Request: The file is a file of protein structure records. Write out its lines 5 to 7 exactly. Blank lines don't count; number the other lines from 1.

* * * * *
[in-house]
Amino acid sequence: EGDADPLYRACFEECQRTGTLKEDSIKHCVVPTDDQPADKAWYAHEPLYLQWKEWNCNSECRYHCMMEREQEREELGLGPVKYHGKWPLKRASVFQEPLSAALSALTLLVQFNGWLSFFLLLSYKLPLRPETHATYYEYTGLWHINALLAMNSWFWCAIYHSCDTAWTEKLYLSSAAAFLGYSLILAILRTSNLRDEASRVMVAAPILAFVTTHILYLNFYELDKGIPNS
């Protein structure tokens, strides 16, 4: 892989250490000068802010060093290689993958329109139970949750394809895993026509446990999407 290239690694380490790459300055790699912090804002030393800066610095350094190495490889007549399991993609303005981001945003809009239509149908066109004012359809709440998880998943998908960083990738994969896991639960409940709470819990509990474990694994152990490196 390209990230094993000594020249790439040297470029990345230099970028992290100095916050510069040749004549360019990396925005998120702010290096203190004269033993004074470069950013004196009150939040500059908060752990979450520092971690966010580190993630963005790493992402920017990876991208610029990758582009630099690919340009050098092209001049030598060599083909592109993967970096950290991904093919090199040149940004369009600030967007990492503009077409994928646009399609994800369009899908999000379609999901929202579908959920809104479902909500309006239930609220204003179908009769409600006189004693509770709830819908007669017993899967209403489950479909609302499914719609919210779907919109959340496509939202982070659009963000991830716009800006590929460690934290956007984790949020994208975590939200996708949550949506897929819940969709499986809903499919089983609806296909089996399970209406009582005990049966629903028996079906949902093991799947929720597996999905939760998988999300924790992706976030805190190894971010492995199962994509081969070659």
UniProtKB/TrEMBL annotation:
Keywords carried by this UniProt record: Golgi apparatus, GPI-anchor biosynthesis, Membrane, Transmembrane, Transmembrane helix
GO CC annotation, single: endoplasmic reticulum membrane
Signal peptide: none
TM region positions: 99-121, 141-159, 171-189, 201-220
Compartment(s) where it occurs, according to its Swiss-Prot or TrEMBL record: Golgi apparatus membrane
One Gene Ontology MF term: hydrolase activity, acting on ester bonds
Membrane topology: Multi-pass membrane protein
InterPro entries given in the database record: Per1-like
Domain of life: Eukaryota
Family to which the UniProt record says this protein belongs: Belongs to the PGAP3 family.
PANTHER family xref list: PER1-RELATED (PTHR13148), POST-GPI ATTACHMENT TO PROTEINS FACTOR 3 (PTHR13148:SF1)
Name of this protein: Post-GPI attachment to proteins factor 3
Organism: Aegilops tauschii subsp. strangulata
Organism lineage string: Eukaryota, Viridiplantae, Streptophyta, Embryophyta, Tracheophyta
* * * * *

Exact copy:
Keywords carried by this UniProt record: Golgi apparatus, GPI-anchor biosynthesis, Membrane, Transmembrane, Transmembrane helix
GO CC annotation, single: endoplasmic reticulum membrane
Signal peptide: none